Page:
BGSU researchers receive NOAA grant for aquaponics
Team to work to improve public acceptance of sustainable practice
By Meredith Troxel
Dr. Kevin Neves, an assistant teaching professor in the Department of Biological Sciences at Bowling Green State University, always has been interested in sustainable aquaculture, or fish farming.
When he came to BGSU, the department wanted him to start a hands-on project for students. He continued to use his expertise in aquaculture to start an aquaponics system at the University.
Recently, Neves, along with two other BGSU faculty members, were awarded a $212,000 Sea Grant from the National Oceanic and Atmospheric Administration (NOAA) to improve consumer acceptance of the aquaponics system. The grant work will span two years.
Neves will work alongside Dr. Jonathan Kershaw, assistant professor in the Department of Public and Allied Health, and Dr. Fei Weisstein, associate professor in the Department of Marketing. BGSU encourages faculty to work together on numerous projects and research opportunities, spanning outside their normal classwork. This opportunity is significant in the fact that it combines faculty members from three different colleges.
The aquaponics system uses fish and prawns to help grow plants. Students feed the fish, which then produce waste. Prawns in another tank eat that waste and the water in their tank is used for plants, which grow completely on top of water without any soil. The water then gets recirculated back to the fish, after the plants have acted as a natural filter. Currently, tomato plants are being used as well as yellow perch.
“It is this integrated, multi-trophic aquatic system that is very unique,” Neves said. “As far as I know, there is not anything else like it, especially not in Ohio.”
The partnership began between Neves and Kershaw, who specializes in food and nutrition. Neves was invited to the Food and Nutrition Symposium to speak about aquaponics and got connected with Kershaw to help with sensory testing of the final crop. After working together as co-advisors for a Center for Undergraduate Research and Scholarship (CURS) grant, Neves found the NOAA grant as another opportunity to expand the aquaponics system and work with Kershaw again.
Three weeks before the grant proposal was due, Weisstein was added to the team to bring her marketing and economic experience to the project. She has previous research experience with green products and consumers’ perceptions of green products.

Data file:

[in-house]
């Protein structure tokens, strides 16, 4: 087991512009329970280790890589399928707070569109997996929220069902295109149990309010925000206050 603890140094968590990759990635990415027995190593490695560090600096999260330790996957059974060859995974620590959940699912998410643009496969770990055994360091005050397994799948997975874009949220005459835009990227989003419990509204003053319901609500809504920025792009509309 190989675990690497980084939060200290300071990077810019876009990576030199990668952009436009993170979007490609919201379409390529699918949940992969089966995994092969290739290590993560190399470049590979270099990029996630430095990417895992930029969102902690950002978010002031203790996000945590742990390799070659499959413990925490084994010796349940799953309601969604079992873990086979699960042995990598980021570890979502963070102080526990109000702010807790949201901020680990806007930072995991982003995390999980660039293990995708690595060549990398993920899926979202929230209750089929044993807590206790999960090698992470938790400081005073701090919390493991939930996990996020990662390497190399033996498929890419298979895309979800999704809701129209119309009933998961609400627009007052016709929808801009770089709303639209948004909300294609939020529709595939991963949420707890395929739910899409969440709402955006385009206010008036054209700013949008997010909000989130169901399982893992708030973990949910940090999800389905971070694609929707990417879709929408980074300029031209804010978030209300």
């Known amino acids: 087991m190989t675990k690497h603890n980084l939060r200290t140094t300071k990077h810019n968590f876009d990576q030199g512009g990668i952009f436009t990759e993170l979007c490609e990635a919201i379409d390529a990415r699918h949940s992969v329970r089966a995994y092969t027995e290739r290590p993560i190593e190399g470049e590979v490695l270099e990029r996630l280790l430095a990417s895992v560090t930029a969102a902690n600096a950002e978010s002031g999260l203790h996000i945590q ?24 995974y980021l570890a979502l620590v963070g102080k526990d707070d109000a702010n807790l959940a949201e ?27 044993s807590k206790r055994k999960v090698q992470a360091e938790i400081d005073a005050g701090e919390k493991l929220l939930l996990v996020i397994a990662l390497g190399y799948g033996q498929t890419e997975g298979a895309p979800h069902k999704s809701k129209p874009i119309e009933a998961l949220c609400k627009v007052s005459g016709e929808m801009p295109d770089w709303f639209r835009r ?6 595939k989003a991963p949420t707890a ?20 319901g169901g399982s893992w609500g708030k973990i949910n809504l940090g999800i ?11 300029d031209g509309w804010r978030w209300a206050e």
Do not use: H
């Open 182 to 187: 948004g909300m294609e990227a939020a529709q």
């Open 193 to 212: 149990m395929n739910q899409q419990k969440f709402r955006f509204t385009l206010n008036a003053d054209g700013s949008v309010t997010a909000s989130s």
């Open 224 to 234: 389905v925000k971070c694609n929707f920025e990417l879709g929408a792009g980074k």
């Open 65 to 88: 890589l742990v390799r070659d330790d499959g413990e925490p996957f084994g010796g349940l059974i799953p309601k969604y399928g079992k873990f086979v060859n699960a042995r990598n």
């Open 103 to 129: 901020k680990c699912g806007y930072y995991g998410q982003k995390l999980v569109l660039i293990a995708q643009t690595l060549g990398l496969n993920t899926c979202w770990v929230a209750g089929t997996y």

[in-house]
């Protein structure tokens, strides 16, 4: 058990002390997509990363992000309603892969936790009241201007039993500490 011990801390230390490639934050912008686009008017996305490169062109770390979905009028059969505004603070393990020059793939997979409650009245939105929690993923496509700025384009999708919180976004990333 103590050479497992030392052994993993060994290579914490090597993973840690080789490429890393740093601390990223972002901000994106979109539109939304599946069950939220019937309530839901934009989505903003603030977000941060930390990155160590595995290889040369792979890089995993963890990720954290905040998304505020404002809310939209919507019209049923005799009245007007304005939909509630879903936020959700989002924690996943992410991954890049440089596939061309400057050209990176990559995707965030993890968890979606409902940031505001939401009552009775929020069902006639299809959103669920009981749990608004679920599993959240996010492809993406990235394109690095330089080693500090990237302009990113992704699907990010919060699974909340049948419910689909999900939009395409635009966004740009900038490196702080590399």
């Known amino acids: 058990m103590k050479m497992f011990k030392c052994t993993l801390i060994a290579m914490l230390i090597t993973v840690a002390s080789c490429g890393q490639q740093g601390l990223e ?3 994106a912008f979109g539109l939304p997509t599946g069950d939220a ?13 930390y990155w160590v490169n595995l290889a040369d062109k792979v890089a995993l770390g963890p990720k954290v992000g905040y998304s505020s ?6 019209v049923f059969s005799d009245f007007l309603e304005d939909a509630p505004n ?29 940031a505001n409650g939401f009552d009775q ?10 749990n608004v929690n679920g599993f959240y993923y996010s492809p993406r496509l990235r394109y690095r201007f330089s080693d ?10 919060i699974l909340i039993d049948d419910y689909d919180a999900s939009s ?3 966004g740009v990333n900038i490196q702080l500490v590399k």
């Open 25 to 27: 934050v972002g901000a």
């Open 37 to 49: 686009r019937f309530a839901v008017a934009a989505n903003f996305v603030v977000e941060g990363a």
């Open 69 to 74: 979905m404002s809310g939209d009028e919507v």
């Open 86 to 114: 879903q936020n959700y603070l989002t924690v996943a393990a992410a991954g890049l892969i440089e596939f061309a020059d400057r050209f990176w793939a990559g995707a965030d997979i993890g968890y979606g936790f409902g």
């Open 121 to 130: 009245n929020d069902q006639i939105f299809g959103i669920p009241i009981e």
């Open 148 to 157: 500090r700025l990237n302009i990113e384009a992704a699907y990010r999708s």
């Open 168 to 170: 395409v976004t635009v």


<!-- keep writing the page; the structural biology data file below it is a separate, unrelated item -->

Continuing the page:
“I think that’s really what strengthened our proposal, is that we had a truly interdisciplinary team,” Kershaw said. “For the complex problems, we are trying to solve, you really need to bring in people from multiple disciplines.”
The project will focus on consumers’ acceptance of sustainable crops, including marketing the system to local farmers looking to adapt it as well. There will also be taste tests of the product with the public as well as selling the final crop at local farmers markets.
The researchers will use the grant to fund new analytical equipment, cover survey costs and fund student involvement with the project. Master’s student Brittany Kralik is now completing her master’s thesis about aquaculture. Undergraduate students are also helping with day-to-day activities to keep the system running smoothly.
“There are multiple opportunities for students to be involved and because of the nature of the project, we can split off with CURS projects,” Neves said. “So, if someone came up with something that was of interest, there are opportunities.”
At the end of the grant, they hope to help the community better understand aquaculture and sustainable food systems. With the hope that their work can contribute more to the industry, the team is aiming to prove that crops from an aquaponics system are just as good — or better — than organic crops.
“Hopefully, we will have some personal connection with local farmers so if they are interested. We can work with them if they want to implement a similar system to make it more commercialized,” Weisstein said.
The team is eager to work more on their research and their collaboration together. Although they are facing a few initial challenges, such as using different methods and valuing different parts of the process, they are recognizing those challenges.
“We all bring our individual strengths,” Neves said. “It is not just throwing in other departments or other colleges to make it collaborative, but everyone is putting in equal time, equal weight and equal importance into the success of the project.”